How was Mother’s Day for you? Is it a day of celebration or a day that causes upset or stress? I find it sad that a day that’s meant to be joyous can become so painful for some people. I hope that the day was positive for you.
Following on from my post last week about Inspiring Women I’ve been thinking a lot about the women I personally know and how they’ve helped me as a Mother.
Around Mother’s Day I usually find myself thinking of the women that have come before me. My own Mum, my Grandmothers and my ancestors before them. I also love watching the TV show “Call the Midwife” (and I loved Jennifer Worth’s books too) – I find it fascinating to see how childbirth and motherhood has changed even within a couple of generations.
My experience as a new Mother
My experience of being pregnant, giving birth and raising a child in those early years all took place in New Zealand and I feel that there’s probably a significant difference between New Zealand and the UK. For instance – I feel lucky to have had the same midwife support me through my pregnancy, labour, birth and postpartum care. But I was also far away from family and my Mum.
“We have a secret in our culture, and it’s not that birth is painful. It’s that women are strong.” – Laura Stavoe Harm
I found the above quote when my baby boy was a few weeks old. It became a mantra in those early days when I was sleep deprived, full of emotion and struggling with my new role as a Mother.
I found those early days and months unbelievably hard. Everything I knew about myself and life was thrown up in the air and fell in a messy array on the ground at my feet. It took me a long time to pick up those pieces and shape them into a new belief system about my life. I’m still doing it! I loved my baby boy (still do 7 ½ years later!). And it was wonderful to have the support of my husband as we both learnt about caring for a new human.
That quote reached out to me and helped me understand that women had been doing this since the age of time. A lot of them in much worse conditions then I was doing.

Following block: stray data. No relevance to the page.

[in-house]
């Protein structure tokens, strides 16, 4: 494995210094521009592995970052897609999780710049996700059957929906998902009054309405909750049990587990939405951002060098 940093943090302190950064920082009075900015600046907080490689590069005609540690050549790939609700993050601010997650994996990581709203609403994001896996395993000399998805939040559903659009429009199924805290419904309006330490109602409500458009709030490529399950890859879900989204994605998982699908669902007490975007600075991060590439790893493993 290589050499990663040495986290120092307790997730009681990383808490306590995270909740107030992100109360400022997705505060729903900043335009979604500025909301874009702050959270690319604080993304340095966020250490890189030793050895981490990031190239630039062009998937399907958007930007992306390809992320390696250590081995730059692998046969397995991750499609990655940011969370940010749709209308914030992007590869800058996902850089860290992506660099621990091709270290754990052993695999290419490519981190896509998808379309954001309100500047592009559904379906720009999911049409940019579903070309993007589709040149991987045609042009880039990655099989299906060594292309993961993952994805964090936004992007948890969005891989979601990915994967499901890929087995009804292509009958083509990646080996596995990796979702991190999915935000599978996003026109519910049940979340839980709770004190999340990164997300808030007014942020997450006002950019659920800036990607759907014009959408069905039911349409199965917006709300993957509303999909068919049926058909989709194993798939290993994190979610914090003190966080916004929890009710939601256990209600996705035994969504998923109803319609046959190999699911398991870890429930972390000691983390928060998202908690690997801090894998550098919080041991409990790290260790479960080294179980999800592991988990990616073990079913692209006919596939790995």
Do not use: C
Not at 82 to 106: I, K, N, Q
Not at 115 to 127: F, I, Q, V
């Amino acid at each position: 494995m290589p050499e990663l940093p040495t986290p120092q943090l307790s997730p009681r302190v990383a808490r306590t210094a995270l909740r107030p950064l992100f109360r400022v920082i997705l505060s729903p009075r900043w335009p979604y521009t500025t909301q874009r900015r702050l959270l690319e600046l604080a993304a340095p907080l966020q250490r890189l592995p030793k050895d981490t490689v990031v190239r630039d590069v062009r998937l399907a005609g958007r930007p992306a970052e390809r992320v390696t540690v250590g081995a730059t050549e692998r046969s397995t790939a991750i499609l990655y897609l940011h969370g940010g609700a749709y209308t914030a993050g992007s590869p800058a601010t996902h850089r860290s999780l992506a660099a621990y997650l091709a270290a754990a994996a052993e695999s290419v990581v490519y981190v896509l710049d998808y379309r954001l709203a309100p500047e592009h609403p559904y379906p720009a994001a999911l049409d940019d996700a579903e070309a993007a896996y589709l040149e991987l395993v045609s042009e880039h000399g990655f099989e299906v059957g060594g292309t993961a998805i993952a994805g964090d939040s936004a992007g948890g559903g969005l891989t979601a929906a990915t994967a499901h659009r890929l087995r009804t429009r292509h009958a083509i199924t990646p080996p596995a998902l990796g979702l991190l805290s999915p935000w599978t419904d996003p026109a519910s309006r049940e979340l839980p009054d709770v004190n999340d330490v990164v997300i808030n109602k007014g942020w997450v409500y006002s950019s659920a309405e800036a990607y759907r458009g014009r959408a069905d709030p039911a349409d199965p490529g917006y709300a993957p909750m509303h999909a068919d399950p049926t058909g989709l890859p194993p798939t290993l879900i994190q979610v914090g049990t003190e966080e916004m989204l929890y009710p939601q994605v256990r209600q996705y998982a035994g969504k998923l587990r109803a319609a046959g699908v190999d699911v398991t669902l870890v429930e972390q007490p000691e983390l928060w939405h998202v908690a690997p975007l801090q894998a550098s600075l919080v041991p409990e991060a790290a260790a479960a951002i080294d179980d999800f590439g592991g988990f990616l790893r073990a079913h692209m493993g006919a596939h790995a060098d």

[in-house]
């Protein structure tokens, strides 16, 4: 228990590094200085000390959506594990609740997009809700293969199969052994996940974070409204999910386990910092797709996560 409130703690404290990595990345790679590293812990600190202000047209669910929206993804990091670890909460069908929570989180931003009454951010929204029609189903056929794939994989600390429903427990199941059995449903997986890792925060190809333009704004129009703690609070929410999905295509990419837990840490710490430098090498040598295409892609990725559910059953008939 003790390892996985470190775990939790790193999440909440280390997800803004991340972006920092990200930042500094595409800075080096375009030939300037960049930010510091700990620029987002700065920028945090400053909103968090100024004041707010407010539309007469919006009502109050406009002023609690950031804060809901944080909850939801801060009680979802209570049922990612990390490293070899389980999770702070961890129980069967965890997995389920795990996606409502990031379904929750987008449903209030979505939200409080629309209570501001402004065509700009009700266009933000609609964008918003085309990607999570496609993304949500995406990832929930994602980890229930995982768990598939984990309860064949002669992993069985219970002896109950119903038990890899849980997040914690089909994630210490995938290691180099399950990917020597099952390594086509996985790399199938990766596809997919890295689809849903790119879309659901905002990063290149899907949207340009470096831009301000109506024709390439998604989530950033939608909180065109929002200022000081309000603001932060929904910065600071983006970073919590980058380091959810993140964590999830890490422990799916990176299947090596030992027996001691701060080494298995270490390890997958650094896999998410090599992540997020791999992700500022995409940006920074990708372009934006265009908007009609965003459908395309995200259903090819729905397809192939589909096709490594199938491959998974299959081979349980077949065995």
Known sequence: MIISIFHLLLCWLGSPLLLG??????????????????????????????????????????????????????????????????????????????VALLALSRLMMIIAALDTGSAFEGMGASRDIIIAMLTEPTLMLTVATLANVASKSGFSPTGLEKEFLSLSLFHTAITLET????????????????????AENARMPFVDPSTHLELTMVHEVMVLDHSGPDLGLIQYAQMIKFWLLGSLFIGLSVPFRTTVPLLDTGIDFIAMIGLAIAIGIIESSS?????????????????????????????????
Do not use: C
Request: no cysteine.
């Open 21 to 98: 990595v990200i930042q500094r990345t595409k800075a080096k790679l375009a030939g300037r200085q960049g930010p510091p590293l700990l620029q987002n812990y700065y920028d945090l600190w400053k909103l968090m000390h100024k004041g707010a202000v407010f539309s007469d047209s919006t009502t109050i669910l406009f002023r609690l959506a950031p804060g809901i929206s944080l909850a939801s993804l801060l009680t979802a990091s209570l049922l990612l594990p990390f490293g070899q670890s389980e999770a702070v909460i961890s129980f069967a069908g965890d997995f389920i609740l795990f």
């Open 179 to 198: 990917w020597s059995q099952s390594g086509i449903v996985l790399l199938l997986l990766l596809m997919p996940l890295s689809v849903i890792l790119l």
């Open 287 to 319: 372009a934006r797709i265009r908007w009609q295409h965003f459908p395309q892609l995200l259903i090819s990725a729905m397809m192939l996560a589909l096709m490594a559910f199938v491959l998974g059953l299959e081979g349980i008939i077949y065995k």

“It takes a village to raise a child”
– African Proverb
I am grateful for the support network that supported me as I was learning how to be a mother…
My Mum arrived from the UK to New Zealand (where we were living) 3 weeks after my baby boy’s arrival. She was like a Guardian Angel arriving. She swept in, tidied the house, fed us (including the poor neglected dog), provided cuddles and a steady support.
My antenatal group became a lifeline. We were all experiencing motherhood in our own ways and at slightly different stages. We would meet up weekly and it was wonderful to listen to others stories and not feel alone.
My friends and colleagues who had children were there if I needed advice. I can be bad at asking for the advice to be fair but they were willing to share their views when I wanted them.
I am so grateful for all the strong women I know. My grandmother who has birthed 7 children, family members for supporting me at times in my life when I needed their support, friends who have bought me a hot drink and asked me how I was feeling, my mother-in-law who raised my husband.
This has turned into a post about how awesome the support of women can be!
I’ve held off publishing this post as it seems unfinished. I guess that’s because I still have so much to learn and experience as a mother and parent.
The advice that’s probably resonated with me the most is:
“Enjoy the season you’re in” and “these are the good old days!”
It’s so easy to get caught up worrying at various stages of your child’s development or feeling guilty you’re not doing enough. It’s so important to find the good in each stage as it comes along. Being a mother has been both my biggest challenge and my biggest gift.
I think this post may be updated with more great quotes as I come across them. If you have any good parenting quotes to share I’d love to hear them.